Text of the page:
These fundamental principles serve as the underpinning of a Christological basis of an Orthodox understanding of other religions, not in an exclusivist sense of barring those who do not know or acknowledge Christ from salvation, but to affirm, with Justin Martyr and other early Christian writers, that Christ, the Logos of God, is “the true Light which gives light to every man coming into the world” (Jn 1:8). But Yannoulatos also ventures into more perilous territory by affirming that it is the constant activity of the Holy Spirit which assures “the manifestation of the Trinitarian God’s presence—everywhere in the world, throughout time and for all eternity,” and “continues to act for the salvation of every person and the fulfillment and completion of the entire world (Yannoulatos 1989, p. 149).” Yannoulatos appears to subscribe here to the theory of a twofold divine economy, attributed to Vladimir Lossky, whereby Christ is active primarily among Christians and the Holy Spirit among non-Christians. In his book The Mystical Theology of the Eastern Church (1944), Lossky devotes a chapter to “The Economy of the Son” and another to “The Economy of the Holy Spirit.” This suggests a real distinction in the economies of the Second and Third Persons of the Holy Trinity, assumed to be respectively within Christianity and beyond the boundaries of Christianity. Although Lossky does not actually assert distinct “economies” of the Son and the Holy Spirit in the world, he is criticized for implying this6.
While Yannoulatos does not really clarify the respective roles of Christ and Holy Spirit in world religions, he does affirm that “the criterion by which Christians evaluate and accept different religious ideas and principles is Jesus Christ, the Word of God and incarnation of God’s love.” (Yannoulatos 1989, p. 152).
Philip Sherrard (1922–1995) was an English scholar, author and translator who contributed greatly to increasing awareness of Modern Greek culture and literature, especially poetry. Sherrard also wrote on a wide range of philosophical and theological themes. In his book Christianity: Lineaments of a Sacred Tradition (1998), he presents one of the most open views of religious diversity of any Orthodox writer. From a call for the Church to renounce “the claim that the Christian revelation constitutes the sole and universal revelation of the universal Truth” (Sherrard 1998, p. 53), Sherrard goes on to enunciate an inclusivist position following on Georges Khodr: “Any deep reading of another religion is a reading of the Logos, of Christ. It is the Logos who is received in the spiritual illumination of a Brahmin, a Buddhist, or a Moslem.” (Sherrard 1998, p. 62). But he goes much further, expounding a doctrine of religious pluralism (in the technical sense): “Sacred traditions other than their own [Christians’] are divinely-instituted ways of spiritual realization… There may be as many ways to God as there are individual human beings […] Since God is infinite, there is nothing to prevent him from choosing to reveal himself in an infinite number of limited forms, all of which he himself, in his non-manifest nature, infinitely transcends.” (Sherrard 1998, pp. 63, 70).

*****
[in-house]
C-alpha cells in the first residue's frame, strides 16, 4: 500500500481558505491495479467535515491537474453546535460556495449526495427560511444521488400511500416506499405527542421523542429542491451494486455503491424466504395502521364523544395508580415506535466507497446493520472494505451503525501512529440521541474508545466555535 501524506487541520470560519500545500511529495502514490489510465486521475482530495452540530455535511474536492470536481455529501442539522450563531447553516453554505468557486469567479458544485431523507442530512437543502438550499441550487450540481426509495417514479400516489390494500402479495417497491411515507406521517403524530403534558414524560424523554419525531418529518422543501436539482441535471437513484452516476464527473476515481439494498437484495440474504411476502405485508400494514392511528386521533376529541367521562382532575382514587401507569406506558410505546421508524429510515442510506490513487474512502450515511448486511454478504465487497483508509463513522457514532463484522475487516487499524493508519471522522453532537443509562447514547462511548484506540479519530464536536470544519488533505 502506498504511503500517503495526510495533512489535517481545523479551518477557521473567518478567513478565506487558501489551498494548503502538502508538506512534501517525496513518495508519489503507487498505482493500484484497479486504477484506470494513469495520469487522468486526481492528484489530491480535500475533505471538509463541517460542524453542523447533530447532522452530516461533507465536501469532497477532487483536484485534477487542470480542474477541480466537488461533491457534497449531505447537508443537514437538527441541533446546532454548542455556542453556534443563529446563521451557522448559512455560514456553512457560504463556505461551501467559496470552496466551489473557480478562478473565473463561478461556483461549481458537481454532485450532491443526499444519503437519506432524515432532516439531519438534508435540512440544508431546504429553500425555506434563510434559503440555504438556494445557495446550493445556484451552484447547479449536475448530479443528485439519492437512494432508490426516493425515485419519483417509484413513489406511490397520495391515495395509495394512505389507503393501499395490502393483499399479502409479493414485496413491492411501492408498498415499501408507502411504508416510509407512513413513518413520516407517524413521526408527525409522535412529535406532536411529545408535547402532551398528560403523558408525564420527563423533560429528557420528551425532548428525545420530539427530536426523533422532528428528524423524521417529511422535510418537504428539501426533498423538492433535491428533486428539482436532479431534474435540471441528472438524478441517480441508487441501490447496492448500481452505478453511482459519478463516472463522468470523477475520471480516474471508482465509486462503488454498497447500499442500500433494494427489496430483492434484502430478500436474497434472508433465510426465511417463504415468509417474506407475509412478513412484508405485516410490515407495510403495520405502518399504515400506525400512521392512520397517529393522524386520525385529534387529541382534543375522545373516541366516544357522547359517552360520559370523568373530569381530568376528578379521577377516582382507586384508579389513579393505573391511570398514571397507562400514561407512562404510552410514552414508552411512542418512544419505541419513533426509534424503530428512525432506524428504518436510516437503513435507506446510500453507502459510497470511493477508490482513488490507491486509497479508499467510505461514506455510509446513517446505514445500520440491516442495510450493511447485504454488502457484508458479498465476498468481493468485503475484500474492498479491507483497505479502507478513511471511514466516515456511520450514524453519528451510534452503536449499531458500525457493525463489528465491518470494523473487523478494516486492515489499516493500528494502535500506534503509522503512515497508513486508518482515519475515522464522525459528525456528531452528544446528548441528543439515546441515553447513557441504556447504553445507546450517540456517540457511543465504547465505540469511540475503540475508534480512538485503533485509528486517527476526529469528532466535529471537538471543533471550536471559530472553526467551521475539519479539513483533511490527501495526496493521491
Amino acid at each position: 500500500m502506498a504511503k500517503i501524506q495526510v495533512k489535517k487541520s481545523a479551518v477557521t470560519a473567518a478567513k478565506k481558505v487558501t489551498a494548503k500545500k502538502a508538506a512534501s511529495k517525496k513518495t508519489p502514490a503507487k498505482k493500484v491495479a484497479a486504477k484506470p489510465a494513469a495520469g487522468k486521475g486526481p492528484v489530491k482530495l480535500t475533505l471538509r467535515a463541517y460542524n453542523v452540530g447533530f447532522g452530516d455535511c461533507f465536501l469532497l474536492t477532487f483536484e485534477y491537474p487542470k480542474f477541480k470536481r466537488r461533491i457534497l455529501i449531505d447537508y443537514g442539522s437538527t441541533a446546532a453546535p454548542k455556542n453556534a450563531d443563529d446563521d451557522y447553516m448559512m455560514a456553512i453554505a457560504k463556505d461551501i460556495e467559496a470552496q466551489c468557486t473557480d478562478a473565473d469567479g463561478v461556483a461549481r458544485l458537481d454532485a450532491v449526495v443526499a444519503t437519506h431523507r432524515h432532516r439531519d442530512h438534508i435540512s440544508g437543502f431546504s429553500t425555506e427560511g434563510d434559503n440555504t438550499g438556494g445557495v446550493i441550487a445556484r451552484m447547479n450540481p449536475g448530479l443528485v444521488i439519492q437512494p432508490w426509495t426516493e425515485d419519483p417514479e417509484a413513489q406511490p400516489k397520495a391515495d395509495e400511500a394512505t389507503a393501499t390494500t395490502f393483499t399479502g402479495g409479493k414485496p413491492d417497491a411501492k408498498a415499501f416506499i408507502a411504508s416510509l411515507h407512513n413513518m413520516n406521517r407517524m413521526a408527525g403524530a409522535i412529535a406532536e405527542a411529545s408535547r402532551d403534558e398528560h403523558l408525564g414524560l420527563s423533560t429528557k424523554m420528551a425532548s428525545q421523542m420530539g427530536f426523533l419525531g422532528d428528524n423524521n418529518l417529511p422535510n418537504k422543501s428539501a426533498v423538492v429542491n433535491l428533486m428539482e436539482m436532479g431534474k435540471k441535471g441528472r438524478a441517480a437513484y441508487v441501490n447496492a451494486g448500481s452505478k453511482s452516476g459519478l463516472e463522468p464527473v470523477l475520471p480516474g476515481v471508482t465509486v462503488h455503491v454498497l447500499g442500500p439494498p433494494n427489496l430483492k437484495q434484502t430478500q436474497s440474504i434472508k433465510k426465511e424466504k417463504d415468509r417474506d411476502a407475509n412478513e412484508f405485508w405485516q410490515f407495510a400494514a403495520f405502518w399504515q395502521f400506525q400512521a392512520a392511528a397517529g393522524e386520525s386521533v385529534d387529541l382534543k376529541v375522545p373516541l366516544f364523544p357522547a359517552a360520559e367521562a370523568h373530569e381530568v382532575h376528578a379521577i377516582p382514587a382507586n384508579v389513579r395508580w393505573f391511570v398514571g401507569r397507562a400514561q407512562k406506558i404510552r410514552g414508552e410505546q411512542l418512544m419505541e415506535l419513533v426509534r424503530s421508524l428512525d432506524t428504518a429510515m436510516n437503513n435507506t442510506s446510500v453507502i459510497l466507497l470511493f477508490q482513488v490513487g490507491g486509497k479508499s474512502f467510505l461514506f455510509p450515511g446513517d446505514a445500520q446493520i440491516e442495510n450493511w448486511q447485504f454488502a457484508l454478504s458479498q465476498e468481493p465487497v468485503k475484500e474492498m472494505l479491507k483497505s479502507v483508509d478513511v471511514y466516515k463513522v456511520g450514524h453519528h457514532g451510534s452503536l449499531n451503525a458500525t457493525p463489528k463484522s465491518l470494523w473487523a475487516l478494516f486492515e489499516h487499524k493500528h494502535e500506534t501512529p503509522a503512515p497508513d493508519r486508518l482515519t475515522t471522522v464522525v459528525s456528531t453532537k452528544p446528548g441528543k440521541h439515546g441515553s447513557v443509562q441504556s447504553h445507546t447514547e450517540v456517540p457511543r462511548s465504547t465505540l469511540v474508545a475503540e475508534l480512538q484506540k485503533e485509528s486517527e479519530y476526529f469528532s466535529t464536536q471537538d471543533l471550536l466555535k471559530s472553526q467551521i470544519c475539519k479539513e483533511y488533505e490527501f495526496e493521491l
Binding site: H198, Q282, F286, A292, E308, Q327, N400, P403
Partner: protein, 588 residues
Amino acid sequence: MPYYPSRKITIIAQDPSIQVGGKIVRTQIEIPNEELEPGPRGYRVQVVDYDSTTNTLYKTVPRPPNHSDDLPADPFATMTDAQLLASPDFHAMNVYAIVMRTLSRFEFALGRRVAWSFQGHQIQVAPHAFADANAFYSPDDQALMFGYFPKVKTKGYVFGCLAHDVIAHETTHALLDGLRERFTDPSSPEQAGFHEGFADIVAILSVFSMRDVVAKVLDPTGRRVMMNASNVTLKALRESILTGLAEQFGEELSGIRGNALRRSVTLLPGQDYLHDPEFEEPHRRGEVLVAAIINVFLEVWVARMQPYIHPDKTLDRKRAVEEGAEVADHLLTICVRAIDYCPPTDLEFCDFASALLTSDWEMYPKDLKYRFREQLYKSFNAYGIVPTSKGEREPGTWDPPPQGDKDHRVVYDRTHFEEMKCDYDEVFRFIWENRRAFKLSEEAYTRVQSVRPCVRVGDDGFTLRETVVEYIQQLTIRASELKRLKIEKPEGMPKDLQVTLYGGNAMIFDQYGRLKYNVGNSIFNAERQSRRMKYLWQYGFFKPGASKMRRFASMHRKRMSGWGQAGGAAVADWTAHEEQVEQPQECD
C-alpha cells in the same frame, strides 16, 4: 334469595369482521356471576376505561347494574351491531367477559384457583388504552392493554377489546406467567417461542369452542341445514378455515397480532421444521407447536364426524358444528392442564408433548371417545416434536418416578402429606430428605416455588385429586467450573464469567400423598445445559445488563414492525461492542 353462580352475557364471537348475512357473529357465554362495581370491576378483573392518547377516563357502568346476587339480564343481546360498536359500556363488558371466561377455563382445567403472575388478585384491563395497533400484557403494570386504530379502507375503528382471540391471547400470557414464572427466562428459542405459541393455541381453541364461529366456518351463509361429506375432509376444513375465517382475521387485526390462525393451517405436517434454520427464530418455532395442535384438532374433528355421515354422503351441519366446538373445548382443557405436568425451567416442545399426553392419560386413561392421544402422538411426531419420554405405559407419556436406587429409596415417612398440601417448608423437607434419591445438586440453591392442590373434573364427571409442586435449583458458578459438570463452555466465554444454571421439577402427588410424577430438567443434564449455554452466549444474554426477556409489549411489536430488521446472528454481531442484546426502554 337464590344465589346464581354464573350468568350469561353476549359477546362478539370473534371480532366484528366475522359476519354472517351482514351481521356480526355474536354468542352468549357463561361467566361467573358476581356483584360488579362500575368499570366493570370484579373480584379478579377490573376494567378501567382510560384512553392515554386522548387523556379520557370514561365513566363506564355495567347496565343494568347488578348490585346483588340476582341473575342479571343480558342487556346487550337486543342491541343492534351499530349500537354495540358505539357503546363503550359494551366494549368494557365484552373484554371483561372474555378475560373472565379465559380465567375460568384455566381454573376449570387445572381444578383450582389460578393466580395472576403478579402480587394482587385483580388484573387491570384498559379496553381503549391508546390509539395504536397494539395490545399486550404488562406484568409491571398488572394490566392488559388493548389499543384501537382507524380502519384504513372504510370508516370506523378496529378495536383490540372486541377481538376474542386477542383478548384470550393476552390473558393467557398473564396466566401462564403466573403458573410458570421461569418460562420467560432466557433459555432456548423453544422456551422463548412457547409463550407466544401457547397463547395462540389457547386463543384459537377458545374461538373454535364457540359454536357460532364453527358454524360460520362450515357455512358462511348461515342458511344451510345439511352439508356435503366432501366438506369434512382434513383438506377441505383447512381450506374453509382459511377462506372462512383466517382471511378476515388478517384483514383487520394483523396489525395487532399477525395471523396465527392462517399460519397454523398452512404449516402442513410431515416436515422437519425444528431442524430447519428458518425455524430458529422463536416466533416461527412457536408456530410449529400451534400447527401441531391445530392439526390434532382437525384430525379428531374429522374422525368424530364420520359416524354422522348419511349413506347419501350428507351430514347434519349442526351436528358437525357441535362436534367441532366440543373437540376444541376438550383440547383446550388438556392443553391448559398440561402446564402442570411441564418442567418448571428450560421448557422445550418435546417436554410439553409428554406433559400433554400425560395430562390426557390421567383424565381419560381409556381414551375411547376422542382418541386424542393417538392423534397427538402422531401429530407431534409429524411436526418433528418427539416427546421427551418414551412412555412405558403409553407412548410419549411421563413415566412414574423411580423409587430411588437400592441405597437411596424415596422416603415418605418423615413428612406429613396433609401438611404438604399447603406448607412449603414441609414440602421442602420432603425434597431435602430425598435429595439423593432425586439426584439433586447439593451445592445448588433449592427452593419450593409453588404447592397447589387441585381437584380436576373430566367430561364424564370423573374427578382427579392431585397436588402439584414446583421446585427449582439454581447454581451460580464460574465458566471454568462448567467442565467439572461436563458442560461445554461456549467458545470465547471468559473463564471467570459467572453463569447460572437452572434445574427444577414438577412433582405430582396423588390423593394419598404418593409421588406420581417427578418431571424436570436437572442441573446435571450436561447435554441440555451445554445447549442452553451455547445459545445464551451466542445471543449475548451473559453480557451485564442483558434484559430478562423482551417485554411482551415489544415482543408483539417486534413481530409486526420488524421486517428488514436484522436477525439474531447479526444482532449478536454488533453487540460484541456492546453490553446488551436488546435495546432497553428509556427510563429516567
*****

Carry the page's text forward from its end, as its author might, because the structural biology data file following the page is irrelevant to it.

The foundation of Sherrard’s position is a conviction of a unity of truth, “an underlying metaphysical order, a series of timeless and universal principles from which all derives and on which all depends… the essential unity of the unchanging, non-manifest, and timeless principles themselves.” (Sherrard 1998, pp. 62, 63). Sherrard is expressing here the central teaching of the “traditionalist” or “perennialist” school of thought. This school, following its principal modern architects the philosophers René Guénon (1886–1951) and Aldous Huxley (1894–1963), emphasizes the existence of primordial and universal truths upon which all major world religions draw as their prime source. “There is the Truth,” writes Sherrard, “as it is ‘laid up in heaven’ in its preformal and purely metaphysical state; and there is this Truth as it is when translated into the various doctrines and symbolic languages of the human race.” (Sherrard 1998, p. 64). Sherrard leaves open the possibility that one religious tradition may more fully express the metaphysical Truth than others. “Certain forms” in which God reveals himself may “enshrine his reality more fully than others”; one religious tradition rooted in true revelation may “express God’s wisdom and knowledge more fully than others.” (Sherrard 1998, pp. 70, 73–74). But Sherrard stops short of claiming that Christianity, let alone Orthodoxy, is precisely the tradition that most fully and accurately reflects divine reality or the transcendent Truth of which he speaks.